The “Development, Security, Peace” Conference

June 6 and 7, 2016 | VA Report “Development, Security, Peace” conference and workshop

Federal Minister Dr Ursula von der Leyen and fellow cabinet member Dr Gerd Müller discuss development and security policy coordination.

Hunger, poverty, weak state structures, and the effects of climate change pose serious threats to people in developing countries in particular, where they are also potential catalysts for conflict. The “Development, Security, Peace” conference, held in Berlin on June 6, explored ways of integrating development and security policy to improve crisis prevention and promote peace.

Federal Development Minister Dr. Gerd Müller and Federal Defence Minister Dr Ursula von der Leyen led the event attended by around 120 representatives from politics, the scientific community, civil society, and development and peace work. On June 7, a workshop at the GIZ offices in Berlin invited experts to explore the topic in depth.

Federal Minister Dr Gerd Müller highlighted the rise in global inequality over the past decades, pointing out that around ten percent of the global population owned around 90 percent of global wealth, while just 20 percent – primarily people in industrialised countries – consumed 80 percent of the world's resources.

Minister Müller identified the poverty created by this imbalance as one of the underlying causes of crises. He went on to identify the increasingly pressing effects of climate change as another factor driving conflict and crises. Current estimates predict around 200 million climate refugees forced to leave their homelands if we are unsuccessful in limiting global warming to two degrees.

Müller stated that strategies for preventing war numbered among development policy's most important contributions, adding, “this makes development policy the best peace policy.” He called for strengthening stability partnerships with Africa through the African Union and the creation of a Mediterranean stability union to redress the causes of conflict, and displacement and flight.

Federal Minister Dr Ursula von der Leyen touched on the relationship between the Development and Defence ministries, noting that years of cooperation between the German Federal Armed Forces and the GIZ in Afghanistan had helped establish solid mutual trust. “Afghanistan has taught us that the only way to succeed is to move forward together,” von der Leyen said. She offered the current closely coordinated response in Northern Iraq and Mali as a powerful demonstration of the wide basis of trust and each organisation's willingness to learn from the other.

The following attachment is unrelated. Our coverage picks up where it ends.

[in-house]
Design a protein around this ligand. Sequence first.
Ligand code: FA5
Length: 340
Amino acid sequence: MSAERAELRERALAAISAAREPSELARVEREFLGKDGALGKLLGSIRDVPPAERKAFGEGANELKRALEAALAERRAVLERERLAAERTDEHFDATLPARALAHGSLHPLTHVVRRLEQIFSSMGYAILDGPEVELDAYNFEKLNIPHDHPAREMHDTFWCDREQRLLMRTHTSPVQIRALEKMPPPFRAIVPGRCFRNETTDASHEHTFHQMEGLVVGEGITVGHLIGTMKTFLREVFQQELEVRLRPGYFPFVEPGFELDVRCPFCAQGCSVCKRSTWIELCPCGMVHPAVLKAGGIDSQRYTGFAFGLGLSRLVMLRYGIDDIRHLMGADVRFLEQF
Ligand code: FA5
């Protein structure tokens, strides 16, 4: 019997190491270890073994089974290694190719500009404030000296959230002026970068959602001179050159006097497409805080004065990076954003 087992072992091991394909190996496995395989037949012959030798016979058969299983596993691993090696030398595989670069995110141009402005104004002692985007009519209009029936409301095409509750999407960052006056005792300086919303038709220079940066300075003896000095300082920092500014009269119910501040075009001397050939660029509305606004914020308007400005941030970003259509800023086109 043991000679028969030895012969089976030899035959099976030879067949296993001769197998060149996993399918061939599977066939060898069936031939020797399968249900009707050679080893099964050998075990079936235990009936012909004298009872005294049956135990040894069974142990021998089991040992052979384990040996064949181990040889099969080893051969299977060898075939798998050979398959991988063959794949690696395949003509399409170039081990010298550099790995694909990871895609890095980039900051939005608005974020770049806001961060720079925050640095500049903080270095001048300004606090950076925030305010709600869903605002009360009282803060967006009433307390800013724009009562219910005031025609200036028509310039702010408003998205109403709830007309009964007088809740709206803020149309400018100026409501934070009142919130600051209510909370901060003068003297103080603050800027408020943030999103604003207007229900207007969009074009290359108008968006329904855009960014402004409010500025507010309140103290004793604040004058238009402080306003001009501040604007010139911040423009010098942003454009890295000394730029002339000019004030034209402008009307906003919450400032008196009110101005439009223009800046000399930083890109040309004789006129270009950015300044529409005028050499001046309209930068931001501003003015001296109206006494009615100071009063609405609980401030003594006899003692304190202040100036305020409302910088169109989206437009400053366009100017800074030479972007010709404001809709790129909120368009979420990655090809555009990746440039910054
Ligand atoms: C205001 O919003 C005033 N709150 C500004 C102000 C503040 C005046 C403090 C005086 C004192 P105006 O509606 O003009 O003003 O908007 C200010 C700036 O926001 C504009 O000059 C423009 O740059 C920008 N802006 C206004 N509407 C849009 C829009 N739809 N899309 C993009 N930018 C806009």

Minister von der Leyen pointed out that the Federal Ministry for Economic Cooperation and Development (BMZ) had been closely involved in drafting the “White Book on Security Policy and the Future of the German Armed Forces,” which will be published soon. In turn she promised that in her role as Federal Defence Minister, she would similarly integrate the “Report on the Future of Development Policy” currently being drafted by the Development Ministry.

Minister von der Leyen suggested increasing human resource exchange and intensifying shared training and capacity building programmes to further deepen cooperation between the two ministries.

Tunisian Nobel Peace Prize Laureate Ouided Bouchamaoui, Muhannad Hadi, Regional Emergency Aid Coordinator for the World Food Programme (WFP) for Syria and neighbouring states, Michell Ndiaye, Head of the African Peace and Security Programme, and Prof Dan Smith, Director of the Stockholm International Peace Research Institute (SIPRI) rounded out the conference with a panel discussion on how our responsibility for promoting development, security and peace in the world can effectively be met.

On the following day, 40 experts from the scientific community, civil society and international organisations met with representatives from the BMZ, the Federal Ministry of Defence (BMVg) and the Federal Foreign Office (AA) in GIZ's Berlin offices to generate impulses for a “coordinated development for human security” concept. The group's suggestions and findings will be integrated into the BMZ's “New Paths for Crisis Prevention and Conflict Resolution” focus paper and into the German Federal Government's Report on the Future of Development Policy set to be presented to the German Bundestag in 2017.

The conference and workshop were jointly organised by the Peace and Security Sector Programme and the GIZ's Development Policy Forum.

Impressions of the event

Federal Minister von der Leyen and Federal Minister Müller in conversation with conference participants.
Photo: GIZ/Florian Gaertner,

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